* *
Home : Site Map : Text Only Version : Contact us
* *
Breadcrumbs ArrowHomeBreadcrumbs ArrowNewsBreadcrumbs ArrowLatest News
About BCPC
Working in Social Care
Information and Assistive Technology
Workforce Development
People Who Use Services & Carers
National Policies & Initiatives
Useful Links
Events and Dates for your Diary
Our Newsletters
Contact Us
Promoting Xcellence
"The impossible is often the untried"

New service to help people recover from drug and alcohol addiction

Wolverhampton City Council has agreed an initial three-year contract with substance misuse and crime reduction charity Nacro to deliver a new drug and alcohol treatment service for young people and adults in partnership with Birmingham and Solihull Mental Health NHS Foundation Trust and Aquarius.


The service, which was officially launched last week, will focus on helping people overcome their addiction.


It will seek to end their dependence on drugs or alcohol and improve their mental and physical health as well as reducing the number of people admitted to hospital or dying from drug or alcohol-related conditions.


People will also be given help to find and retain a job or accommodation, while reducing their dependency on drugs or alcohol will enable them to have better relationships with friends and family.


Estimates show that there are nearly 2,300 opiate or crack users in Wolverhampton. Of these, around half are currently receiving specialist treatment. Just 13% of the 5,264 dependant drinkers in Wolverhampton are currently receiving treatment.


Nacro’s new service, designed to meet the recent shift in national policy towards recovery-focused support, will increase access to help in the community and provide more outreach-based support.


Councillor Sandra Samuels, Wolverhampton City Council’s Cabinet Member for Health and Well-being said: “We need to do more to reduce the number of people who are struggling with drug or alcohol problems.


“Addiction can lead to social problems like crime, unemployment and welfare dependency, but when they are given the help and treatment they need, people use fewer drugs, commit less crime, manage their life better and generally enjoy better health.


“It’s estimated that every £1 spent on drug treatment saves £2.50 in costs to the NHS and wider society, and that nationally drug treatment prevents a staggering 4.9m crimes every year.


“I’m therefore delighted that we’re able to launch this service with Nacro, working alongside Aquarius and Birmingham and Solihull Mental Health NHS Foundation Trust, which is set to have a huge impact on the lives of people who are addicted to drugs or alcohol.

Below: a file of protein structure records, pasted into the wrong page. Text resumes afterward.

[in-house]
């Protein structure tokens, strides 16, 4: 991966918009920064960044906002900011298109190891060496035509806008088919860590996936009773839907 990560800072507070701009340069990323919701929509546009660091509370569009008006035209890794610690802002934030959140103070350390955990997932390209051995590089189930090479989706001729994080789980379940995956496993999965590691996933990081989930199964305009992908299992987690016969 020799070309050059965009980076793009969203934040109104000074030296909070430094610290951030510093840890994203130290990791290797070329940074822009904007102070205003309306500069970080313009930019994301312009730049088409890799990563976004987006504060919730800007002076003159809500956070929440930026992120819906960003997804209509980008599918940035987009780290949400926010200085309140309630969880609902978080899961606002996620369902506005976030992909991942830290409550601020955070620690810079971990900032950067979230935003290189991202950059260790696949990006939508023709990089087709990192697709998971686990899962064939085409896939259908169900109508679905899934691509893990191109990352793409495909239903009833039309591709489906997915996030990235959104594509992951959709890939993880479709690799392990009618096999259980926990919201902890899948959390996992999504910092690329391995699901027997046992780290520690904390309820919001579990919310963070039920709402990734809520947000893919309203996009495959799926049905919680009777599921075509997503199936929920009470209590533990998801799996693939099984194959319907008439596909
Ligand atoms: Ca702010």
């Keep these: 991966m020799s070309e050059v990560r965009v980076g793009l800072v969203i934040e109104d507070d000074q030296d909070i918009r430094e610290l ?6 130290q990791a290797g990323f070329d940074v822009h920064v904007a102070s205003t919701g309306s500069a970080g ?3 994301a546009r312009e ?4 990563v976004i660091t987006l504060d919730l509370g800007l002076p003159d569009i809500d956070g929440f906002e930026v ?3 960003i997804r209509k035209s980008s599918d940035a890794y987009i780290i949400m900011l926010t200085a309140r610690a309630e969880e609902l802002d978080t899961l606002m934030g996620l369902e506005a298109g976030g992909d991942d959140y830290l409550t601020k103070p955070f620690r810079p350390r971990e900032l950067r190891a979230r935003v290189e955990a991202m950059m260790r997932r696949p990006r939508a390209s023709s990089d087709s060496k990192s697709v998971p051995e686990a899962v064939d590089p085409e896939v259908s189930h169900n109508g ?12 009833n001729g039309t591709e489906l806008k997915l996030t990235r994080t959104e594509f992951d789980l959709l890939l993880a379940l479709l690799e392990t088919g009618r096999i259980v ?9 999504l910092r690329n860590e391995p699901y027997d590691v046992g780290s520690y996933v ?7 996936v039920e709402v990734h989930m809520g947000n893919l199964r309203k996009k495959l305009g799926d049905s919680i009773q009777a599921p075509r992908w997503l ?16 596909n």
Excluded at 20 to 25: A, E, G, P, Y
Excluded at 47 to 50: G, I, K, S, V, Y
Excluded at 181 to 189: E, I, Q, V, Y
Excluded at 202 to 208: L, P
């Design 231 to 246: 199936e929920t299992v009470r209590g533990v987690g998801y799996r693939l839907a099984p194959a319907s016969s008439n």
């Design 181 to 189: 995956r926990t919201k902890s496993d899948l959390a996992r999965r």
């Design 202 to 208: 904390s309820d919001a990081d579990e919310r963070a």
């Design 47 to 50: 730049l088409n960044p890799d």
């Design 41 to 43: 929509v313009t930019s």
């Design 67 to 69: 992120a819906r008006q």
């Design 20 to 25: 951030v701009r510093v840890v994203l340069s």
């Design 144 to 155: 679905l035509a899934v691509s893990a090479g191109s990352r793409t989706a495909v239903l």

“Nacro convinced us that it has the vision, determination and capacity to work with us to support young people, families and adults affected by drugs and alcohol in a way that will make a significant difference to our city.”


The contract was awarded following a detailed consultation and procurement process in which a wide range of organisations, service users and staff were invited to develop proposals for the new service.


Graham Beech, Nacro's strategic development director, said: “We are delighted to have been chosen by Wolverhampton City Council to deliver this crucial service.


“We have been working closely with our partners, Aquarius and Birmingham and Solihull Mental Health NHS Foundation Trust, over a number of months to put together the right solution for Wolverhampton. Now that we have been chosen to manage the contract, we look forward to the opportunity of putting our plans and ideas into action.”


Responsibility for the provision of drug and alcohol treatment services transfers to local authorities this year under Government reforms to the NHS and transfer of public health to councils.


For further information about the new service or details about who to contact for help and support around a drug and alcohol issue, please call 0300 200 2400.


Sourced from Wolverhampton City Council, 12/04/2013

© 2006 - 2016 BCPC Terms & Conditions All rights reserved Contact Us